Being mindful for how influential our actions and words are in our children’s development, will not only help to ease any fears today but begin to build on their ability to deal with life’s unplanned situations in their future. Let’s remember we are their first and most valuable role models, let’s set a worthy example.  Stay Safe!

↓Hurricane Information↓

Terms:
Tropical Storm Watch
Tropical Storm conditions are possible within 36 hours. Stay informed.

Tropical Storm Warning
Tropical Storm conditions are expected within 24 hours or less. A warning that sustained winds within the range of 39-73 mph associated with a tropical cyclone is expected. Complete your storm preparations.

Hurricane Watch
Hurricane conditions are a threat within 48 hours. Review your hurricane plans and be prepared to act if a warning is issued. Stay informed.

Hurricane Warning
Hurricane conditions are expected within 36 hours. A warning that sustained winds of 74 mph or higher associated with a hurricane are expected. Complete your storm preparations and/or leave the area if directed to do so by authorities.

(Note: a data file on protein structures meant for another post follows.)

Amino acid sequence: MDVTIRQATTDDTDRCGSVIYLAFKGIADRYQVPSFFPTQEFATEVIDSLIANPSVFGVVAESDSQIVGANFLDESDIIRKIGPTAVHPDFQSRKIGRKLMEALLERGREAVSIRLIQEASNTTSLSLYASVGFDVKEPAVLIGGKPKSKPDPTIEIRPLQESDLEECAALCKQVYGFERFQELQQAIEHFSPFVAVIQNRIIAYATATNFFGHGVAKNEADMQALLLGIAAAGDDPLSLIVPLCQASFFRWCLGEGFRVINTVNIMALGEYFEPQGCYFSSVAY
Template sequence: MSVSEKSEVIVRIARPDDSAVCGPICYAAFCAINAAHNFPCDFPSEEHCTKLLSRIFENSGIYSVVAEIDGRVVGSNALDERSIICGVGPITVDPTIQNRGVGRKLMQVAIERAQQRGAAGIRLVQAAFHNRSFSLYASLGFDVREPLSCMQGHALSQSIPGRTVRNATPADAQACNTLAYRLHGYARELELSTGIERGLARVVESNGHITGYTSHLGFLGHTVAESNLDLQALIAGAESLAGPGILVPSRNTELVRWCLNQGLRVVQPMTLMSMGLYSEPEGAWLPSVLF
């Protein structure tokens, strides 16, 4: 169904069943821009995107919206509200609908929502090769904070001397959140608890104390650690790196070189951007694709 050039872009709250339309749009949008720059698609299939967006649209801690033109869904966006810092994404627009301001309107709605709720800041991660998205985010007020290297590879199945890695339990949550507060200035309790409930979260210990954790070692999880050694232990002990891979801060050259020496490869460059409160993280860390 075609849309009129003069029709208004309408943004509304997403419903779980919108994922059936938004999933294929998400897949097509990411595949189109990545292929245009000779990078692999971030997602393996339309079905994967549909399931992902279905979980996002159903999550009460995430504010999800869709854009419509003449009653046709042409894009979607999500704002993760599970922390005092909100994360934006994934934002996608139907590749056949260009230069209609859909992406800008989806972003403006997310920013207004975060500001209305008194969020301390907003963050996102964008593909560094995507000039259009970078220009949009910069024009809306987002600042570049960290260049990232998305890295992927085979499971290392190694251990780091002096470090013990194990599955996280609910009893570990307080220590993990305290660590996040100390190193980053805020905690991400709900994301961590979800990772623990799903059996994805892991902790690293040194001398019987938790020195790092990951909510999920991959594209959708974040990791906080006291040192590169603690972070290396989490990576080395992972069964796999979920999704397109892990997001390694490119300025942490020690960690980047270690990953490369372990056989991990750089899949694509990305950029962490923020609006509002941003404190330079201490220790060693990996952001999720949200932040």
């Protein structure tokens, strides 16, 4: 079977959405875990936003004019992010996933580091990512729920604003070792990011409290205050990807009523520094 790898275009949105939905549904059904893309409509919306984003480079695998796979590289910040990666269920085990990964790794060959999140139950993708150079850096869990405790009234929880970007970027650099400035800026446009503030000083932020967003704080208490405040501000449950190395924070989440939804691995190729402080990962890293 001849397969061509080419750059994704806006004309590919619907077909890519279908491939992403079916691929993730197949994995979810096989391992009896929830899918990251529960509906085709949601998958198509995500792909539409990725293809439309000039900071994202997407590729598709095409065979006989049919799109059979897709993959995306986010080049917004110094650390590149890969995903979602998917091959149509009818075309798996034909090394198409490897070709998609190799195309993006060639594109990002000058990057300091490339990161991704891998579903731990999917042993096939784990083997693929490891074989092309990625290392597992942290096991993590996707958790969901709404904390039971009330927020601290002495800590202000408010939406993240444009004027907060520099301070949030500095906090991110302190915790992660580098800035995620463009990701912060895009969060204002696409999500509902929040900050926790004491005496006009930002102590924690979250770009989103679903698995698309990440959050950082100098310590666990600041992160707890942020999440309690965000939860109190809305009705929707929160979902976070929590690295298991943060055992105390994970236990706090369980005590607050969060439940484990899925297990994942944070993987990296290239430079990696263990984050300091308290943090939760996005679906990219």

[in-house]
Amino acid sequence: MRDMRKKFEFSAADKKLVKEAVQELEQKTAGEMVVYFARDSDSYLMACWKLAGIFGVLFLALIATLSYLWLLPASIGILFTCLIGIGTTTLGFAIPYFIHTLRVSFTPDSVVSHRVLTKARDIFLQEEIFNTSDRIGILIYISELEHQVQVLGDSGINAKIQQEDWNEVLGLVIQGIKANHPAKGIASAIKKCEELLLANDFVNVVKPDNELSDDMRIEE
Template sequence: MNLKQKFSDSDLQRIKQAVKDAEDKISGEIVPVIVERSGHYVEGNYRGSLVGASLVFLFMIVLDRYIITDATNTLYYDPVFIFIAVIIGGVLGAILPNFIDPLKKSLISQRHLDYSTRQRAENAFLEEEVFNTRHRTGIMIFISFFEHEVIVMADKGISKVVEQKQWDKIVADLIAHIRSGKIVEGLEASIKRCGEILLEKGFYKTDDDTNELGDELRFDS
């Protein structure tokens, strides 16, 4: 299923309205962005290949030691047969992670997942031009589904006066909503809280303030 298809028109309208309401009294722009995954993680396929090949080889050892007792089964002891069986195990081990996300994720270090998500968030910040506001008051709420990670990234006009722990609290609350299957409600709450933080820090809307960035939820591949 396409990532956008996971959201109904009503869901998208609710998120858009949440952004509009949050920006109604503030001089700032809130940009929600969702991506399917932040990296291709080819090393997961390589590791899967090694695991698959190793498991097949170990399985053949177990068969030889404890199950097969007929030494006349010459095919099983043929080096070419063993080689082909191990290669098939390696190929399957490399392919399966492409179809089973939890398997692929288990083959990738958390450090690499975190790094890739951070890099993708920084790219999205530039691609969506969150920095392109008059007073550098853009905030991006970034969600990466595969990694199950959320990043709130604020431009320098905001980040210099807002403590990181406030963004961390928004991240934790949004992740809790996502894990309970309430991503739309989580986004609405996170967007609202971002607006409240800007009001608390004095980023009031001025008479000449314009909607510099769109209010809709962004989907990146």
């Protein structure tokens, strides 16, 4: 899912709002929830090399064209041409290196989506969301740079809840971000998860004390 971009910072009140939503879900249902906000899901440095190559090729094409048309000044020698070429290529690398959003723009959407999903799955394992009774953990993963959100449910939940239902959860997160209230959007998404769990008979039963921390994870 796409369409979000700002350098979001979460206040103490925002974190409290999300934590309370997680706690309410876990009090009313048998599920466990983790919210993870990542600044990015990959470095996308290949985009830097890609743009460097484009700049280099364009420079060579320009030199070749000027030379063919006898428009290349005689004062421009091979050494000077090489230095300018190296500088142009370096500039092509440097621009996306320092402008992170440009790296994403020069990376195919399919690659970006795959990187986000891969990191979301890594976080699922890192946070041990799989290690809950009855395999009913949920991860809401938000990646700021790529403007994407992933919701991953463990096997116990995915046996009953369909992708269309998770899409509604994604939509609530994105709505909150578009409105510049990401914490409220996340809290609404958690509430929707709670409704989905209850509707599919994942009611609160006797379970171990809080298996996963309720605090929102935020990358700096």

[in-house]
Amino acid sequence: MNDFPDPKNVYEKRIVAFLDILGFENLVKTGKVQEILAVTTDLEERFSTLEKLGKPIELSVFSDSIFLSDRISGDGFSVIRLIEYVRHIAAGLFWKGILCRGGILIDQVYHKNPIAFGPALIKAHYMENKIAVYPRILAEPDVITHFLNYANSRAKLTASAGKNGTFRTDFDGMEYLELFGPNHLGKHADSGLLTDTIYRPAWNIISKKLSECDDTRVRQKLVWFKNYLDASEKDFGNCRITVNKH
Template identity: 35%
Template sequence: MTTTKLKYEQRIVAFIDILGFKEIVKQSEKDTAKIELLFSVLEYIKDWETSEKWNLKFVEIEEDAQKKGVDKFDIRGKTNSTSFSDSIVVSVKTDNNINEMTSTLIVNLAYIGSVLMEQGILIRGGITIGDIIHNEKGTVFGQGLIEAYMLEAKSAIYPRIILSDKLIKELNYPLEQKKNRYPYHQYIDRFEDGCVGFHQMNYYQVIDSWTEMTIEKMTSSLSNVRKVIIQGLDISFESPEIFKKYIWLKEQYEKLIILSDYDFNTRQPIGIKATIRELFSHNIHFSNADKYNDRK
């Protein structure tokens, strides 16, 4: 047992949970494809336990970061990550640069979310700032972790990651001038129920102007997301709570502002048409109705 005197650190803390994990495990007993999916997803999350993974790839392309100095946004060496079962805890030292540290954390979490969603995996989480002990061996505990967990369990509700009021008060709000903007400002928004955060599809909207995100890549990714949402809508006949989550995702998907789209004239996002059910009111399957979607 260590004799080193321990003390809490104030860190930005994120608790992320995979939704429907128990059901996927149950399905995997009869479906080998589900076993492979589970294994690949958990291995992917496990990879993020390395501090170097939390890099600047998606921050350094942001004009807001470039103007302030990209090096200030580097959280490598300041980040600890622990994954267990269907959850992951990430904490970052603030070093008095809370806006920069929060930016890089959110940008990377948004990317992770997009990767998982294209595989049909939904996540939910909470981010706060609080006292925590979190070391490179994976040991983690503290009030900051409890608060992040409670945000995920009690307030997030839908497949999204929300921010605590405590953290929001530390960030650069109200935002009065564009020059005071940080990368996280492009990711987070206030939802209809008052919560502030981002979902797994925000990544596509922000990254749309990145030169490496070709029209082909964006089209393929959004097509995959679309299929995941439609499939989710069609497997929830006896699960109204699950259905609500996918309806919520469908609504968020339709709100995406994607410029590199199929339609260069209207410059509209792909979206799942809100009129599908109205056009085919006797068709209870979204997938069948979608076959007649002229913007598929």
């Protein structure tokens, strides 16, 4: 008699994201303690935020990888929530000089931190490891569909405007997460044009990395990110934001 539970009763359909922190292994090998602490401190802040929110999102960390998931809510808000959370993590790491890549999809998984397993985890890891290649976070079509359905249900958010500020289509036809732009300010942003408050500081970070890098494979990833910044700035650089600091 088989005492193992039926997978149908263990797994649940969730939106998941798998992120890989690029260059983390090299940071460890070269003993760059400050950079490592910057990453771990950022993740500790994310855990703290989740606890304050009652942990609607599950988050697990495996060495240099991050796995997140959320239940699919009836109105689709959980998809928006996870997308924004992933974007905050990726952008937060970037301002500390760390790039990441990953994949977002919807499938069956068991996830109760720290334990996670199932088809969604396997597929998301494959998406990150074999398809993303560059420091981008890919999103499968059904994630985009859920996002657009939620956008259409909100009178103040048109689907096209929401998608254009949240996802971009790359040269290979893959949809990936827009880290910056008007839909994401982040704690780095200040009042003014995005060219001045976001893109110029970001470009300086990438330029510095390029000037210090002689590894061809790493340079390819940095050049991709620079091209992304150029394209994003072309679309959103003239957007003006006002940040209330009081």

Category One
Winds of 74-95 mph. Damage primarily to unanchored mobile homes, power lines and trees. Example: Hurricane Irma, 2017.

Category Two
Winds 96-110 mph. Some damage to roofs, doors and windows. Considerable damage to trees, mobile homes, small boats in unprotected anchorages and piers. Example: Hurricane Wilma, 2005.

Category Three
Winds 111-130 mph. Some structural damage to homes and buildings. Heavy damage/destruction of trees and mobile homes. Example: Hurricane Frances, 2004.

Category Four
Winds 131-155 mph. More extensive roof damage on small homes. Shrubs, trees and all signs are blown down. Complete destruction of mobile homes. Extensive damage to doors and windows. Low-lying escape routes may be cut by rising water 3-5 hours before the arrival of the center of the hurricane. Example: Hurricane Charley, 2004.

Category Five
Winds greater than 155 mph. Complete roof failure on many residences and industrial buildings. All shrubs, trees and signs blown down. Complete destruction of mobile homes. Severe and extensive window and door damage. Low-lying escape routes are cut by rising water three to five hours before the arrival of the center of the hurricane. Major damage to lower floors of all structures located less than 15 feet above sea level and within 500 yards of the shoreline. Example: Hurricane Andrew, 1992.